HTS Moderator , Reviewer
HTS Overall Score:77
I’m a big fan of thrillers/action movies that take place on airplanes. There’s just something fun about being confined in a small space with action heroes and a short fuse. From the trailers I was expecting a rumble in the sky with all the awesome stupidity of “Passenger 57” or “Executive Decision”. One man, one desire, one gun, and only a certain amount of time to “git er done”. I was pleasantly surprised when I actually sat down and watched the movie as it played out as much more of a thriller as an action movie, blending bits of “Flightplan” in with the action and actually kept me guessing for quite a bit of time. Don’t get me wrong, there is plenty of times where you have to turn off your brain and ignore many of the improbably situations that occur when you have this genius mastermind controlling every second of the heist. I mean, a person can only predict so far in advance a person’s actions before something goes awry and these thrillers rely on simple acceptance of that within the film universe to even become plausible. This still doesn’t take away from the fun time I had watching the plot unfold and keeping me wondering just who the real villain was.
Bill Marks (Liam Neeson) is one tired and worn out air marshal. This isn’t a duty to him, it’s a 9-5 job that has worn him down for years and he drinks on duty just to survive the trip. He can do the job in his sleep and today is just another boring flight for him. Boarding a plane for London he dots his I’s and crosses his T’s before settling down for a boring flight. Sitting next to a nervous passenger named Jen (Julianne Moore) Bill soon finds out that this flight is not going to be as boring as it seems. Getting a text on his secure phone with a message that a passenger will be killed every 20 minutes unless $150,000,000 is transferred into an account before the plan lands, Bill now has to find and stop a madman on board. With the game afoot Bill can only trust the Pilot, the co-pilot, a flight attendant and Jen, who’s been with him the whole time. Tracking down anyone who has access to a phone that could text midflight he soon learns that our villain is a Wiley one. With one misdirection after another Bill is nowhere near finding out his identity and he is suddenly targeted as the hijacker by our mysterious foe.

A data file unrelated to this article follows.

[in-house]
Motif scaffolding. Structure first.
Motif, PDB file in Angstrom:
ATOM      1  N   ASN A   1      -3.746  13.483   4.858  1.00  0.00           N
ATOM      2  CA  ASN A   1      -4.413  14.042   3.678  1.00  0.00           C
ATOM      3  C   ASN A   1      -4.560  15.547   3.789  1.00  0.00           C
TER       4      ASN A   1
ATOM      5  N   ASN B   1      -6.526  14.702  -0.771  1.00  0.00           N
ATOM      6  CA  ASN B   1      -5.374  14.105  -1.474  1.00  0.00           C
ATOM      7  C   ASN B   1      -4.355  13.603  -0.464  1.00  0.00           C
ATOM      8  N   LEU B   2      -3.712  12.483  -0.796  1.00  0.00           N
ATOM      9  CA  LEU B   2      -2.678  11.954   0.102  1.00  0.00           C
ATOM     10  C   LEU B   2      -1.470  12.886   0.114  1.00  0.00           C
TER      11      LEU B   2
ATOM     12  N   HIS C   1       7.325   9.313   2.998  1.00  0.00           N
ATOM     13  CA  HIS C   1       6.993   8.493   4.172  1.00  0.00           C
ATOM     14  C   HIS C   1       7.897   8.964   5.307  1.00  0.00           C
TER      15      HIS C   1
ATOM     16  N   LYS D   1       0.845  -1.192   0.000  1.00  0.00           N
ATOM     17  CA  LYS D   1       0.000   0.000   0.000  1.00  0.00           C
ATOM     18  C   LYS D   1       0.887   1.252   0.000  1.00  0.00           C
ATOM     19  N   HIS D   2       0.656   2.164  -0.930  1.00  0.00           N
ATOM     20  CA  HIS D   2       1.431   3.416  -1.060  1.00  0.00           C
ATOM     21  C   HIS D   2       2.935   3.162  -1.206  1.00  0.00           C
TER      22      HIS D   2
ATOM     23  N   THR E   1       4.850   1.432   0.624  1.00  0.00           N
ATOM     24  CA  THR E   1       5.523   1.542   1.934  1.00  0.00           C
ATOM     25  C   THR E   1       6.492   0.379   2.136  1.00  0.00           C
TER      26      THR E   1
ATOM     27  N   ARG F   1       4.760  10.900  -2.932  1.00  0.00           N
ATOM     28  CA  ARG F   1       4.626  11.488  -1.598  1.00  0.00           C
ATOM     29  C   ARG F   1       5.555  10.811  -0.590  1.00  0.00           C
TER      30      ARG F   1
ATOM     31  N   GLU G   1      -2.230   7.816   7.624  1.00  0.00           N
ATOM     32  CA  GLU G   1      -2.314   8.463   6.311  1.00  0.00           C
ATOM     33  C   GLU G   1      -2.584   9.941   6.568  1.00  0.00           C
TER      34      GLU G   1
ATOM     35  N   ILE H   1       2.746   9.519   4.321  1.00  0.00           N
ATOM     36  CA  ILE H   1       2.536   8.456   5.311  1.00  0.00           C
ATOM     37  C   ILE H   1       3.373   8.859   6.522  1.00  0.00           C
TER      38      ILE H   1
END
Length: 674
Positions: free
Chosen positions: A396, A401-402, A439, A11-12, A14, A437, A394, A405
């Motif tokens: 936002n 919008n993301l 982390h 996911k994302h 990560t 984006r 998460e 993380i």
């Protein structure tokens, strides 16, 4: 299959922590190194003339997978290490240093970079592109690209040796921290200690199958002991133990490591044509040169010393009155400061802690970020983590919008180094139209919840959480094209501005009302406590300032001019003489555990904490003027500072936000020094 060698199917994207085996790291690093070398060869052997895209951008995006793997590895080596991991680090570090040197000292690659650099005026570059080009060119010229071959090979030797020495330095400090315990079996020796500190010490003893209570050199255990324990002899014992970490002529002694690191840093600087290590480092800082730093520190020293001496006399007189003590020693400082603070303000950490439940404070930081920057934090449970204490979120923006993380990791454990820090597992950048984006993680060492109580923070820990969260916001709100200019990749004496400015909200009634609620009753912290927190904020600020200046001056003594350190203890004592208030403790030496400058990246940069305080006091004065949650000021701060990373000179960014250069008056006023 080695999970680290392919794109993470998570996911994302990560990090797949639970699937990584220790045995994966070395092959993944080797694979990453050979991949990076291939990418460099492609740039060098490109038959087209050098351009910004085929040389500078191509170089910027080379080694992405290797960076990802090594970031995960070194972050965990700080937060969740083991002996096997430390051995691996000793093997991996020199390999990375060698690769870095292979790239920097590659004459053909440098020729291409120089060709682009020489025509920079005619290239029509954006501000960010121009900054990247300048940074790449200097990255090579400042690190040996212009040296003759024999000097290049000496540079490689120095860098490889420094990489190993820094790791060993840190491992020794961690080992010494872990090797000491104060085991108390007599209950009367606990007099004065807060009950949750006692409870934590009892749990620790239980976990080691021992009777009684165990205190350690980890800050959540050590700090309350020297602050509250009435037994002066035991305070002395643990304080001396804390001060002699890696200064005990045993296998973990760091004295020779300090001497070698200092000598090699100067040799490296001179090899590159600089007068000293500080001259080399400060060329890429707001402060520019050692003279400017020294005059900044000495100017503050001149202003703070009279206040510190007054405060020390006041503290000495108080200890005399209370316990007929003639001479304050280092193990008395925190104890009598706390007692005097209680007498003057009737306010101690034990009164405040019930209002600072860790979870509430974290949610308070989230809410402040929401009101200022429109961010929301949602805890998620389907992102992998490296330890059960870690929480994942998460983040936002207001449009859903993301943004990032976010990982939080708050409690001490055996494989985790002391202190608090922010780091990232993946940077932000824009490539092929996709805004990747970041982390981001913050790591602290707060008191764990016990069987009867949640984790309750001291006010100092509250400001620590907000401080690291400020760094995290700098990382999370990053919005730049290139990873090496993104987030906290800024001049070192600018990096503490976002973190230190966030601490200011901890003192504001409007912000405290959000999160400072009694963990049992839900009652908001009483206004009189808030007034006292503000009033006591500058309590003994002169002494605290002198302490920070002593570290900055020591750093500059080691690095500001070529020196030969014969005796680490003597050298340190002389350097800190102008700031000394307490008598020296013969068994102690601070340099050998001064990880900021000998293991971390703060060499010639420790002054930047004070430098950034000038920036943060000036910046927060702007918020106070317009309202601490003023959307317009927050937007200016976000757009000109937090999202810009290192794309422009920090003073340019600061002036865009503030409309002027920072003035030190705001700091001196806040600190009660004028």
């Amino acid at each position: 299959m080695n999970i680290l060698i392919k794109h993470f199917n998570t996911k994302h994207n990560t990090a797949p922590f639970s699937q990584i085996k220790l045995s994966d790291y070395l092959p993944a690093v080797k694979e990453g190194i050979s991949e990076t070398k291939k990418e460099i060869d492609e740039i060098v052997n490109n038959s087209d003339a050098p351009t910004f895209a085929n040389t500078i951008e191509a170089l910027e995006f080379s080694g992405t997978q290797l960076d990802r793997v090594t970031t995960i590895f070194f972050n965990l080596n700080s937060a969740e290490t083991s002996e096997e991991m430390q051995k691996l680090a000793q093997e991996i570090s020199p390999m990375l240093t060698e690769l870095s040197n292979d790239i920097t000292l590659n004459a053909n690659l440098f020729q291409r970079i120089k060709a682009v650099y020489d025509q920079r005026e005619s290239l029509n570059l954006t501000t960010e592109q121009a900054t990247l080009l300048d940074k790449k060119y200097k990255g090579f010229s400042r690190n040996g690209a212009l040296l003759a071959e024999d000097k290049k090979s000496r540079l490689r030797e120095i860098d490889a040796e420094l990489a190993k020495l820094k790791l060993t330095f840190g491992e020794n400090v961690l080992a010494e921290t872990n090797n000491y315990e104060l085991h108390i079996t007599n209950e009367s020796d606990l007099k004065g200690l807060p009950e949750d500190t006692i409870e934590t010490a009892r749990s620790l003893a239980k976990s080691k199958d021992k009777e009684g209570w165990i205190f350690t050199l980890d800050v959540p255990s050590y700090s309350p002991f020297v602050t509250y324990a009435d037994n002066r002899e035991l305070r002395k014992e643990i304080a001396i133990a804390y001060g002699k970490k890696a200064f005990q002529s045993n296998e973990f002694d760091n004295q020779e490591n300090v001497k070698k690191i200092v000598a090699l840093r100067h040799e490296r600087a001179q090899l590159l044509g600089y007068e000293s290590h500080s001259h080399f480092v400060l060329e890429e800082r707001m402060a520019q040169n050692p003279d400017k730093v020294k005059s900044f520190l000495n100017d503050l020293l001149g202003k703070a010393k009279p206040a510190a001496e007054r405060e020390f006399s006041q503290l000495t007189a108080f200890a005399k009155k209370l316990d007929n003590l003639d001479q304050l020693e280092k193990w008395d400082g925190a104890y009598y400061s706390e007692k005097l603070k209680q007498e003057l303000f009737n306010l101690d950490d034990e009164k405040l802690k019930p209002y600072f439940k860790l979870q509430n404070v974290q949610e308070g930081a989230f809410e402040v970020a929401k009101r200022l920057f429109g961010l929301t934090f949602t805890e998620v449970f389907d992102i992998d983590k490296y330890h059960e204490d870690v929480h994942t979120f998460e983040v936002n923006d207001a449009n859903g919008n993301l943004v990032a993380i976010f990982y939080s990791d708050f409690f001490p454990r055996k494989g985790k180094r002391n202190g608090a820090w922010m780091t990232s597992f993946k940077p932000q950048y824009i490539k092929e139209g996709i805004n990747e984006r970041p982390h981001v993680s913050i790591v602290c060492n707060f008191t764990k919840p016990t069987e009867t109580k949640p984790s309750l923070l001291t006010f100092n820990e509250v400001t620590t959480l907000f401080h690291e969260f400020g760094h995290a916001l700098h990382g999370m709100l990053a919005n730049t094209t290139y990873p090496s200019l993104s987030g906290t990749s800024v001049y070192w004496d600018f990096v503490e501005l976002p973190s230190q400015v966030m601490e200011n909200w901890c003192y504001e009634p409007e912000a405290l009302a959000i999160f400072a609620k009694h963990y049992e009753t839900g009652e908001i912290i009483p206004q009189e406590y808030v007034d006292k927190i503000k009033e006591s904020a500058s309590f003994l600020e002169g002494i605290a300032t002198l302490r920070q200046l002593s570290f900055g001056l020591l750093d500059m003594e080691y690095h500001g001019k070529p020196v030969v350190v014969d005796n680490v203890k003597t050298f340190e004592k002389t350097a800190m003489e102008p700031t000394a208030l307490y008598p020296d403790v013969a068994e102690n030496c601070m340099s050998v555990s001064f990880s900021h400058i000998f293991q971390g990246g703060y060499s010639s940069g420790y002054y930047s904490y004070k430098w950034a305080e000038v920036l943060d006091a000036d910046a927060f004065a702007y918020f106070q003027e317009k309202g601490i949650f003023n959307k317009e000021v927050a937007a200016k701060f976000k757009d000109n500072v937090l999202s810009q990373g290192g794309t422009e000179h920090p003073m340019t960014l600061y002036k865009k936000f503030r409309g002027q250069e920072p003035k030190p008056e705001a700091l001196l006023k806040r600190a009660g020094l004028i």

Now, I can’t really go any further in the plot line without giving too much away. These movies thrive on keeping you guessing, and if I reveal any more certain plot points will be spoiled. That’s actually a good thing, in my opinion. While certain reveals are pretty obvious, like Bill’s initial suspicions turning out false, the film clips along nicely and keeps us guessing the entire time about who the villain (or villains) is. There are certain discoveries that Bill makes which are most certainly red Herrings. I mean, with 25 minutes of runtime into the film you can be pretty certain we haven’t found the real villain, otherwise the next 1.15 would be pretty boring. Still, I had a lot of fun with this thriller, as it gave us a lot of everything. There’s plenty of mystery and intrigue, especially with the twist of Liam’s character being framed for the entire thing and being branded a terrorist by the TSA and Marshal’s service. The ending really takes off with good old action cheese as Liam Neeson, the new action star, takes on the found villain in a gun battle amidst the clouds. Strangely enough I really love Liam Neeson as an action star and REALLY wish he had taken up the mantle earlier in life. With his advanced age we don’t have much time left for him to really put out the moves. Even in Taken two they said he had to do more cuts in the film because Liam Neeson was slowing down and it was hard to do the moves. Even so they choreographed an incredible close quarters combat scene in a lavatory that was REALLY well done. As a martial artist for many years I was really impressed at some of the realistic moves that were displayed in those scene. The wrist locks and submission techniques that Liam was using are straight up combat effective and most commonly used in Aikido and military training.